Behaviourism defines learning as a change in the behaviour of the learner. It originated in the early part of the twentieth century from the work of Watson, Thorndike and Skinner (e.g. Skinner, 1974) and is based on the premise that learning can be broken down into discrete elements, which can be separated out, taught, practised and fitted together again.
This type of learning might be considered appropriate for learning certain types of knowledge, such as multiplication tables, or certain skills, such as threading a sewing machine. This is because the knowledge or skill can be demonstrated through the student’s observable behaviour – the multiplication tables can be recited or the sewing machine can be threaded.
The main principles underpinning a behaviourist perspective of learning are that:
- learning is best achieved through the teacher taking control of the learning process, breaking down tasks and actively reinforcing the correct response
- learning outcomes are standardised and measurable
- people learn not for the intrinsic value of learning but for extrinsic rewards, such as certificates, merits, gold stars or parental approval
- behaviour that is reinforced positively (for example, by praise or recognition) is likely to be repeated
- behaviour that is reinforced negatively (for example, by being ignored) is less likely to be repeated.
Although behaviourist theory is now considered outdated, and not consistent with Dewey’s conception of knowledge, it has proved extremely resilient and can be seen in many classrooms today. Much of the language in National Curriculum guidelines and other government documents can also be associated with behaviourism.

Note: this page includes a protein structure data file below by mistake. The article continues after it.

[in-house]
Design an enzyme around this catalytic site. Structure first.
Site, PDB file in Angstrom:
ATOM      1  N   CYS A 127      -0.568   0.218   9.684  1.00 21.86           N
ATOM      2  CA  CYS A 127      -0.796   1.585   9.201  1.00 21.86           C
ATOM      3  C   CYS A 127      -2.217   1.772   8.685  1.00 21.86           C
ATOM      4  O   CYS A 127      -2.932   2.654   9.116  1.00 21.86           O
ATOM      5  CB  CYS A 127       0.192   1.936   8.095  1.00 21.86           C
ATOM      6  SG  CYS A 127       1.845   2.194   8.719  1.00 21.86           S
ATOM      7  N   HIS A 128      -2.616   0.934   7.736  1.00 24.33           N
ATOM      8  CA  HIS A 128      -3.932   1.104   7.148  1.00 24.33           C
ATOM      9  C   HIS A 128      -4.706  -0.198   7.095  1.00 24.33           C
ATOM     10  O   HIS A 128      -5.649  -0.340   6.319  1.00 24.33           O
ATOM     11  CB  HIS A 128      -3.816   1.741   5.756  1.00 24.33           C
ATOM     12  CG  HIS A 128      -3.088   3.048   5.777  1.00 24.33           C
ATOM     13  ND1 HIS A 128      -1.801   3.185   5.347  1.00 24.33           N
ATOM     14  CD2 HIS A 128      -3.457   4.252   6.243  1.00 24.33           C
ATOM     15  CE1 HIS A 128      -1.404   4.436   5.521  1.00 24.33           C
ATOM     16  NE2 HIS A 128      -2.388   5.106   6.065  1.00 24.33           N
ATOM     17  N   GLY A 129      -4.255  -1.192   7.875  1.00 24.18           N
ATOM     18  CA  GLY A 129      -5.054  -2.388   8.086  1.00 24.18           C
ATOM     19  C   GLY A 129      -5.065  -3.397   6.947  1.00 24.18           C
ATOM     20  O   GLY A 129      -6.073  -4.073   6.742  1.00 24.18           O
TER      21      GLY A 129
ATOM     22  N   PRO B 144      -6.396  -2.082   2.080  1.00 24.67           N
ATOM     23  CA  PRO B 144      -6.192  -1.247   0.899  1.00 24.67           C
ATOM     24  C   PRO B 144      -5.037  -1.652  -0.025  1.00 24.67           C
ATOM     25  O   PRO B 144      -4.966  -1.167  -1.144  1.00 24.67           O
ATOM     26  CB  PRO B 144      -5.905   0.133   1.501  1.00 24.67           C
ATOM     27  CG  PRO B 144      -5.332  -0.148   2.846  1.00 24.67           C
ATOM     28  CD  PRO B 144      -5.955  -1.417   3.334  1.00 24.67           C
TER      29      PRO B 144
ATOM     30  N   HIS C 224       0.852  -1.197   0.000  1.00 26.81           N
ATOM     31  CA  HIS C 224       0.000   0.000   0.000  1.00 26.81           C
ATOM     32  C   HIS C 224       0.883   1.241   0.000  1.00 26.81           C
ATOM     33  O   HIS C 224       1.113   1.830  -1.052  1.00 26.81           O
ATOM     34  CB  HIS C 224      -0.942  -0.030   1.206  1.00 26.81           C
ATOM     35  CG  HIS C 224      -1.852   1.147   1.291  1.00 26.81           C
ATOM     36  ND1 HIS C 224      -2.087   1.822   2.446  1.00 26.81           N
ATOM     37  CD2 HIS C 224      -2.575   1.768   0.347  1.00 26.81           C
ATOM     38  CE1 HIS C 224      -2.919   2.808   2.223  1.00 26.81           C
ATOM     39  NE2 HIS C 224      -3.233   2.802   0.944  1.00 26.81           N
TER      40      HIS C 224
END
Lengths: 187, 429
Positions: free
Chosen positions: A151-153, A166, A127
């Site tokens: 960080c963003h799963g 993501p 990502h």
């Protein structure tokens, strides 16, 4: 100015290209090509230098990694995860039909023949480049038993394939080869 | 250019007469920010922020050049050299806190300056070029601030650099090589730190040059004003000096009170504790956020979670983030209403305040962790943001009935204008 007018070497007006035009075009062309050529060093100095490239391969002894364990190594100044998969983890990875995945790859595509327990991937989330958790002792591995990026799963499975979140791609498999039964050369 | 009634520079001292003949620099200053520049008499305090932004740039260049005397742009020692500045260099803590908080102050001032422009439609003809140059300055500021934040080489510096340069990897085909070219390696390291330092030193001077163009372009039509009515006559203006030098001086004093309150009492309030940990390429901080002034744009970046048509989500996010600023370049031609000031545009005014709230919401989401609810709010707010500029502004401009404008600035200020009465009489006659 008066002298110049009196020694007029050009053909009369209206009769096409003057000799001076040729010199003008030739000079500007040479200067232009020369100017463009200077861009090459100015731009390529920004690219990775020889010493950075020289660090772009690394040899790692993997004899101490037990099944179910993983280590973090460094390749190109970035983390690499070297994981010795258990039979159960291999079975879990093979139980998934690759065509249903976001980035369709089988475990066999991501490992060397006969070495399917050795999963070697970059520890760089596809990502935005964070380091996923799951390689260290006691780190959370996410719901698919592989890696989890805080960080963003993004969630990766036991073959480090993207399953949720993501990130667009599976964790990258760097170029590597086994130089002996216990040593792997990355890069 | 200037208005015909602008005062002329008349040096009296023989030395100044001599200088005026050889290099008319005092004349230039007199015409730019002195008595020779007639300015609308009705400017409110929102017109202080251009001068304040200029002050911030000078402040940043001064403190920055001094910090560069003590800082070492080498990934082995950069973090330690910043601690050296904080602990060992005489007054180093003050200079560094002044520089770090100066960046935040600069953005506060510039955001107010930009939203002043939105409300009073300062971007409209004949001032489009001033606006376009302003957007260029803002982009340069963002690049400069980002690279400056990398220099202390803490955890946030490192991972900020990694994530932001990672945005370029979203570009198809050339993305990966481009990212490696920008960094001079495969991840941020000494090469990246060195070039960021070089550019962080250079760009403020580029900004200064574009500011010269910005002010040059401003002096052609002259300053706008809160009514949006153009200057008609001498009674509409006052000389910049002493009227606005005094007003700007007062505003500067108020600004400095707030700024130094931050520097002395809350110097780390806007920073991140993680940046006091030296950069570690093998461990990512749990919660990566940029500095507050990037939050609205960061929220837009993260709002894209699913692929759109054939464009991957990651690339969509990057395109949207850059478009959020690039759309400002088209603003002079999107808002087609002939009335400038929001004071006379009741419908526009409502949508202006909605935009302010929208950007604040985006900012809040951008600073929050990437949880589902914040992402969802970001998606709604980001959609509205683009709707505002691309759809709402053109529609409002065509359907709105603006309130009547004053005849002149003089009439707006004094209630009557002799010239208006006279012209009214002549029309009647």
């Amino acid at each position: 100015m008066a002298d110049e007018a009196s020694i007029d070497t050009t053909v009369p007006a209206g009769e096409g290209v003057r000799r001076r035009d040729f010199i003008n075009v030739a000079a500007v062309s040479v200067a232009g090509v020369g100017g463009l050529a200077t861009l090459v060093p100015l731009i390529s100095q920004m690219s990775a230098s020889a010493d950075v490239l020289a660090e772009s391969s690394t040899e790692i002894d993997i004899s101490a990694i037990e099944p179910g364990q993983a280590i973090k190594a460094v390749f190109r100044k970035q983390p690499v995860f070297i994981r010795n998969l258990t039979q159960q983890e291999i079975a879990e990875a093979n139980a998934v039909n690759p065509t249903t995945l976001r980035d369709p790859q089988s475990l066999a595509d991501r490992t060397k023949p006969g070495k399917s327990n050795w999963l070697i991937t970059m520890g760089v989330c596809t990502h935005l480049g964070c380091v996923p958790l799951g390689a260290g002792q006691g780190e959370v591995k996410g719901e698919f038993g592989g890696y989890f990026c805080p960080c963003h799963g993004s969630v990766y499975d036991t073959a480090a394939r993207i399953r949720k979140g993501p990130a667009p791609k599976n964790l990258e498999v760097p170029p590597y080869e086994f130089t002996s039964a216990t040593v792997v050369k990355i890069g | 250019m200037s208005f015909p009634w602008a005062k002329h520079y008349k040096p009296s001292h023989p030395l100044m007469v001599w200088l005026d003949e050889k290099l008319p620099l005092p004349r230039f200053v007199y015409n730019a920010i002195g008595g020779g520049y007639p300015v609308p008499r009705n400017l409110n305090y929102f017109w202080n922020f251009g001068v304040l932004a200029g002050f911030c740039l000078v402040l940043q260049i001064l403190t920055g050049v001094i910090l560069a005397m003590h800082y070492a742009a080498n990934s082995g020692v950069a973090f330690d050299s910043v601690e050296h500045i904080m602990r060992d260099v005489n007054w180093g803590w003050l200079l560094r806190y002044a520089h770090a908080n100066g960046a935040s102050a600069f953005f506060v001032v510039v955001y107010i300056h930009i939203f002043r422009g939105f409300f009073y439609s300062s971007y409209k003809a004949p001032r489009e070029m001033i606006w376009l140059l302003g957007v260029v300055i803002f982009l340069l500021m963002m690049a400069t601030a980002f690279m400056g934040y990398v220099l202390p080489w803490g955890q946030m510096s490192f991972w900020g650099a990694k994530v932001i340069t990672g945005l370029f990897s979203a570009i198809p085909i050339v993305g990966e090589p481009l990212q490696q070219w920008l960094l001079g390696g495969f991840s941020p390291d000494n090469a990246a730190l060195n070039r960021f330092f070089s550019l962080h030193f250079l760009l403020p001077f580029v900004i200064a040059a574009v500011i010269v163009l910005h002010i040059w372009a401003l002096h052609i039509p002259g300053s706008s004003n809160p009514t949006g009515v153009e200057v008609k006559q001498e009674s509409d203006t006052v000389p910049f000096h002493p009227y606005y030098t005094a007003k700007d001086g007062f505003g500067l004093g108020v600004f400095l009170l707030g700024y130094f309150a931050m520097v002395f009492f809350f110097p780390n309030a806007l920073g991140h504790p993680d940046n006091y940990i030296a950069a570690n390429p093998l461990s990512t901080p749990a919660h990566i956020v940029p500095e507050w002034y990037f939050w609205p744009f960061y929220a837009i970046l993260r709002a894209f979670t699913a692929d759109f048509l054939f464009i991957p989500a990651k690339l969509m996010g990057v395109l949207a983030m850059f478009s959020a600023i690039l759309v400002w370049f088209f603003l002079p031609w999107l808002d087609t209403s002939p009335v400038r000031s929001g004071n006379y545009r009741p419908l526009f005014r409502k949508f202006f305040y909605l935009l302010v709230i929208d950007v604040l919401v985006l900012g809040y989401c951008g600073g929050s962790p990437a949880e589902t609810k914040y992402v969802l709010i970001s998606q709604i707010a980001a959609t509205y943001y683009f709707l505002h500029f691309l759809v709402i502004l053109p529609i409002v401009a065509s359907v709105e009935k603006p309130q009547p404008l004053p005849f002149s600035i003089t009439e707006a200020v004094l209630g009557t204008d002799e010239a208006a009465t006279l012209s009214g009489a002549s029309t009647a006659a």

In the classroom, praising or acknowledging students for following the school’s ‘hands up’ policy to respond to questions, while ignoring those who shout out answers, is a way of attempting to modify behaviour. However, students who are told off for misbehaviour may see this as positive reinforcement (because it has brought attention) and may be encouraged to misbehave further in order to attract more attention. Alternatively, ignoring misbehaviour (providing it is low-level and not dangerous) may lead to the student changing their behaviour.
Can you think of an example of teaching you have seen or experienced that characterises the behaviourist approach?
How did the teacher act?
What did the students do?
What were the students expected to learn?
Behaviourism has been criticised for not giving consideration to changes that cannot be observed, such as changes in attitudes and thoughts, as well as for its view of the learner as passive in the learning process.